To get a sense of what this effort consisted of during the Bush administration, here’s an excerpt from Ashcroft’s speech introducing the initiative, via Scott Horton.
Votes have been bought, voters intimidated, and ballot boxes stuffed. The polling process has been disrupted or not completed. Voters have been duped into signing absentee ballots believing they were applications for public relief. And the residents of cemeteries have infamously shown up at the polls on election day.
Political war stories like these are often told with a grin, but these failures of our democracy are no laughing matter. There is nothing funny about winning an election with stolen votes. And there is no occasion for mirth by the campaigns that commit these offenses. All of us pay the price for voting fraud.”
Despite the flaws of the program during the Bush administration, another former Justice Department official didn’t think the use of the program’s name was necessarily problematic in and of itself.
“I would have to concede that not everything that was started during the Bush administration is inherently defective,” former Civil Rights Division lawyer Robert Kengle, now of the Lawyers’ Committee for Civil Rights Under Law, told TPMMuckraker.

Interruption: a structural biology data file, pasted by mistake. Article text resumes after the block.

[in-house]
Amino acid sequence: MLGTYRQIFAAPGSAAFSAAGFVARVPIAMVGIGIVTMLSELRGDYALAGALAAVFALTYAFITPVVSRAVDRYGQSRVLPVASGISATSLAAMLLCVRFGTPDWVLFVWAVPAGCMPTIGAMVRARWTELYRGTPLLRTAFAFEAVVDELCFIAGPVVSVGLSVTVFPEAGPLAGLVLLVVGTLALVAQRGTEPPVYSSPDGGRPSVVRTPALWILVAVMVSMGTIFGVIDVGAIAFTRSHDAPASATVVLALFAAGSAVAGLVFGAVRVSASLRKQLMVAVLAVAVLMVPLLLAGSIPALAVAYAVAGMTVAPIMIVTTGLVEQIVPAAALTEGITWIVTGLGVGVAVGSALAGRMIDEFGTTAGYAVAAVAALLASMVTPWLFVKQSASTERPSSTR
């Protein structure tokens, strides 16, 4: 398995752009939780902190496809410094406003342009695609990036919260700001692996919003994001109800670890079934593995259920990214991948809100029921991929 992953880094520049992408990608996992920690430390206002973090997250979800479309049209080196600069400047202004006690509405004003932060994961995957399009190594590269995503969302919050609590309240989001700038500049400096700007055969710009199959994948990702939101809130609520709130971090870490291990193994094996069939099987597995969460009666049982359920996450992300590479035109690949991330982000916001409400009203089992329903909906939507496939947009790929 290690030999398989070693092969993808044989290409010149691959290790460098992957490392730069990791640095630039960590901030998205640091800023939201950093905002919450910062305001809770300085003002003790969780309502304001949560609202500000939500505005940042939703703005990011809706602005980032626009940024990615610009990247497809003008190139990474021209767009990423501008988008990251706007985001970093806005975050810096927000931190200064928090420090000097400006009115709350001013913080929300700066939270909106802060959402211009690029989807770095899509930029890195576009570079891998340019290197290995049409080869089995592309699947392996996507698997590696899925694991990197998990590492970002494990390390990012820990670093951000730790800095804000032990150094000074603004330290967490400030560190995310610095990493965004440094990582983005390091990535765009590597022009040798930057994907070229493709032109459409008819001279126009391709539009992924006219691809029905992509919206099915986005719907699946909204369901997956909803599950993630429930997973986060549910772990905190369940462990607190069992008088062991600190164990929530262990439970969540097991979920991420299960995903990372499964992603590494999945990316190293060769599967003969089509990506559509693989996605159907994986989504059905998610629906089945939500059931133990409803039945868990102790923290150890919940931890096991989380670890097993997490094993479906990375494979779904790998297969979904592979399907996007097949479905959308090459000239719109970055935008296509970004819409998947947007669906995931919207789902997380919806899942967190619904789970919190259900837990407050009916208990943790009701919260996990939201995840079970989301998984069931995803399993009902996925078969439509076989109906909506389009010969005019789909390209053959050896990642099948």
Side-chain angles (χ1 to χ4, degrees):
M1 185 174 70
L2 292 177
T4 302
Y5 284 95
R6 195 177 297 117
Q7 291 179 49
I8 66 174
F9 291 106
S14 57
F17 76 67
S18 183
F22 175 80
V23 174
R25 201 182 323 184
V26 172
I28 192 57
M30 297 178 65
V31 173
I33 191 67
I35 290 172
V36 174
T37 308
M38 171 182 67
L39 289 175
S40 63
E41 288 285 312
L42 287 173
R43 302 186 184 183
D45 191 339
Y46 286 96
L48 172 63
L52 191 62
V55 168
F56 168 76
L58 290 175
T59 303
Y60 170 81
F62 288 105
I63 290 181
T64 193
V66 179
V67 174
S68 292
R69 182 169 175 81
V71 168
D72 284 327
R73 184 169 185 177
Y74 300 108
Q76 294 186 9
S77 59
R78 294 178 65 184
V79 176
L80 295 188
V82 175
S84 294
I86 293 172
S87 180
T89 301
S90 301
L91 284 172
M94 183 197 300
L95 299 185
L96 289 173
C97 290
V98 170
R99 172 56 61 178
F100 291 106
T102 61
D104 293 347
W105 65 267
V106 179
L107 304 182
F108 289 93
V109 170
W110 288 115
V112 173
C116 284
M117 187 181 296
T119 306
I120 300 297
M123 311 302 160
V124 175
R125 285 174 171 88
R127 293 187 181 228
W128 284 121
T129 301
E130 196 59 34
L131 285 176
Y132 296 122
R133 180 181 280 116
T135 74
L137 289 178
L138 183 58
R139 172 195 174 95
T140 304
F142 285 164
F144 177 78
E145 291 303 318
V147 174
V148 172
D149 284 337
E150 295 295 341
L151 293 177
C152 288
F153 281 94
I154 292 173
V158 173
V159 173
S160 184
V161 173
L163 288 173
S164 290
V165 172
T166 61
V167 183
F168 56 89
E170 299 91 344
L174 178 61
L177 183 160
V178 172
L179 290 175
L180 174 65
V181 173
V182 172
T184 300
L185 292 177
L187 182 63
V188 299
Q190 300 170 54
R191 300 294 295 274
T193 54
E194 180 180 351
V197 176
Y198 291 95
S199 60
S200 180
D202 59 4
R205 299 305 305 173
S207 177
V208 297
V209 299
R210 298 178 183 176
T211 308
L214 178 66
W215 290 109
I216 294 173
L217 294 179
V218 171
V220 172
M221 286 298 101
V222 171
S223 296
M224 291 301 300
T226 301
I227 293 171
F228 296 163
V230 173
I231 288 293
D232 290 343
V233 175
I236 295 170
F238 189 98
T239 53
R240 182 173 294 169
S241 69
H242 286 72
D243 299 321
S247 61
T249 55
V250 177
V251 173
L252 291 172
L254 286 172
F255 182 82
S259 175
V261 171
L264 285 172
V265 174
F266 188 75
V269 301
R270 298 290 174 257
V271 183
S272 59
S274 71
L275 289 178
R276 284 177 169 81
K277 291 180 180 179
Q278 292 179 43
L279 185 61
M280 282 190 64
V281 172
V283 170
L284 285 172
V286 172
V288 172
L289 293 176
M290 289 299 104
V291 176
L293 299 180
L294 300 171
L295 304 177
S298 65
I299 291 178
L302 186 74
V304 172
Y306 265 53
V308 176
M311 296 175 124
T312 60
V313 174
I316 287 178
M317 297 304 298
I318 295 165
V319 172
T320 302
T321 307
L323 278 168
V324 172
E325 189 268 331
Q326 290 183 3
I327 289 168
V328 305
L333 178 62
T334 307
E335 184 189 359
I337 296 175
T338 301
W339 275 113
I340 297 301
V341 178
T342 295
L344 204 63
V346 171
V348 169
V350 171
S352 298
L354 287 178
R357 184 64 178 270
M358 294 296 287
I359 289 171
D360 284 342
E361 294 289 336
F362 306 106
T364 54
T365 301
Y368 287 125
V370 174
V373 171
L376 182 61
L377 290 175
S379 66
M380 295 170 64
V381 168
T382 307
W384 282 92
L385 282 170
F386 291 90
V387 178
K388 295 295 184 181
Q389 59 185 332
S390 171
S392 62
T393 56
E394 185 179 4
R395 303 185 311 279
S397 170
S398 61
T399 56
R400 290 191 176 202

“As far as Ashcroft went, I think his concern was more the fraud aspect. He was convinced that there was massive fraud and that if he put this initiative together, it would uncover the massive fraud that existed in his mind. As it turns out, they looked and looked and turned up practically nothing,” Kengle said. “Ashcroft was not entirely bad, and they did include the access component as part of the program, and so I think that still survives.”
Kengle does not know the precise outline of the Justice Department’s 2010 effort, but he has an idea of what they are striving for.
“I think they are trying to bring what they would consider an appropriate balance between the two” — both combating fraud and ensuring access to the polls — Hebert said. “I think it is important that there be a consistent message going out to the U.S. Attorneys about what the polices are and what to do so that you don’t have people going out and freelancing.”
The Civil Rights Division’s 2010 election game plan will be announced the same week as the conservative controlled U.S. Commission on Civil Rights is expected to slam the Justice Department for how it handled the civil voter intimidation case against members of the New Black Panther Party back in 2008.
DOJ is also catching flack from Republicans over what they say is inaction on enforcement of the Military and Overseas Voter Empowerment (MOVE) Act. The Department’s blogger-in-residence Tracy Russo took to the web last week to not-so-subtly defend the record of the administration on military voting rights, pointing out 12 agreements DOJ reached with states to bring them up to compliance or make arrangements to ensure military votes were counted. DOJ reached an additional agreement on Friday with Illinois, where military voting has become a hot issue in the Senate campaign.